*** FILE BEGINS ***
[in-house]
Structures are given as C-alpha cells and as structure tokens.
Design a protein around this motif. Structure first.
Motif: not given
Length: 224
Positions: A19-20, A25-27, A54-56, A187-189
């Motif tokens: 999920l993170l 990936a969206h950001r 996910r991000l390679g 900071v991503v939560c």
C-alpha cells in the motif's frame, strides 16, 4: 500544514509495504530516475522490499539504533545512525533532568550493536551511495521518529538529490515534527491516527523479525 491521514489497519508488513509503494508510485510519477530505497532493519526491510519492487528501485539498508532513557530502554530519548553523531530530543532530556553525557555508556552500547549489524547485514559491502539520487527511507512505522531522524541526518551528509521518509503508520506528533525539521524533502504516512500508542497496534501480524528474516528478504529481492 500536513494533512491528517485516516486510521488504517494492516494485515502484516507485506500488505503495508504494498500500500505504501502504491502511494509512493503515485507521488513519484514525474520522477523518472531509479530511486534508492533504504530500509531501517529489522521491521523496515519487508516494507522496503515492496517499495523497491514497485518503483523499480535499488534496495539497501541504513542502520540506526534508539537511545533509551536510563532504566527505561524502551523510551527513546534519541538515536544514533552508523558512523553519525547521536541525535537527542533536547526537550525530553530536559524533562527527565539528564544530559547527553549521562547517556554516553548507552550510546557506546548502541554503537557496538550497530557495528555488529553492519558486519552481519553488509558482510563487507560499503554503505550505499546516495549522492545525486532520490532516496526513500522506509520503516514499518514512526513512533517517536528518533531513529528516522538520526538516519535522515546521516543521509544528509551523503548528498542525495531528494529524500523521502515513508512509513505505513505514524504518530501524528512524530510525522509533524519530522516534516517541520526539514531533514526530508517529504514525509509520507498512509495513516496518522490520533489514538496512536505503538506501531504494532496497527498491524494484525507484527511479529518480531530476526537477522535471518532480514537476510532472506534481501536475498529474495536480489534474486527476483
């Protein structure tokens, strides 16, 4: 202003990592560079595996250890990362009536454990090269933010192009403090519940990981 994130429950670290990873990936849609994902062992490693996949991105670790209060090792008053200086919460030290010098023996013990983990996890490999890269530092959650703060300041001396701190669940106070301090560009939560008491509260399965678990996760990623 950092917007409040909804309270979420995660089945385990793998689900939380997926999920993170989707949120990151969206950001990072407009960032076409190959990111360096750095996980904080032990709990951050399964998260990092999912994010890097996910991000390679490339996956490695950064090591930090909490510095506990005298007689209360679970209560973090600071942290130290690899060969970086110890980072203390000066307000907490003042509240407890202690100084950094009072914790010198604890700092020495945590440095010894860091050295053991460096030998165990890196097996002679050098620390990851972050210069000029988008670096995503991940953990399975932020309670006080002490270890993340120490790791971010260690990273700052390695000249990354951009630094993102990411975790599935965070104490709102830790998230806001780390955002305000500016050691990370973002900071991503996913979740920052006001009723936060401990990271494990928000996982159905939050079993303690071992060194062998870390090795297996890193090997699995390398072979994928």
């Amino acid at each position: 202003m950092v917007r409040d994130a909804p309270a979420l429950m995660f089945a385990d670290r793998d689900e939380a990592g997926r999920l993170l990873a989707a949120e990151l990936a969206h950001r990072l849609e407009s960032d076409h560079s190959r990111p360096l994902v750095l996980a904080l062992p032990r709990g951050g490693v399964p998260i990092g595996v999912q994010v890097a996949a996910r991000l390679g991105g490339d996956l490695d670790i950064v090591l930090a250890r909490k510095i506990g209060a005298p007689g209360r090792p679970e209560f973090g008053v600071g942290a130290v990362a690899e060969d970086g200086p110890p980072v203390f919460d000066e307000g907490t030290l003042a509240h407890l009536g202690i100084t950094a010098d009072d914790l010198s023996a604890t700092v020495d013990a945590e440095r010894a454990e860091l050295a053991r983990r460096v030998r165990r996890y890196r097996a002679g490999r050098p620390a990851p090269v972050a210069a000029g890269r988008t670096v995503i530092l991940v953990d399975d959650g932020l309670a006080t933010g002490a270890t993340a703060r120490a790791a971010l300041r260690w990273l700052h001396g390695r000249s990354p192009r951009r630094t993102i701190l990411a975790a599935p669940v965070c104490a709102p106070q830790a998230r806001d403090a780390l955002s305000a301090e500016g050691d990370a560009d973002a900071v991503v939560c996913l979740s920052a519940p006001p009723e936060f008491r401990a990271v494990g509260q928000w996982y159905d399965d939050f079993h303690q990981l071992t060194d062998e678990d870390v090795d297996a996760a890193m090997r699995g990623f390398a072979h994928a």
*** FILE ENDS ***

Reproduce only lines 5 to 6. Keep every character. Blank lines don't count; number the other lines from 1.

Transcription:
Length: 224
Positions: A19-20, A25-27, A54-56, A187-189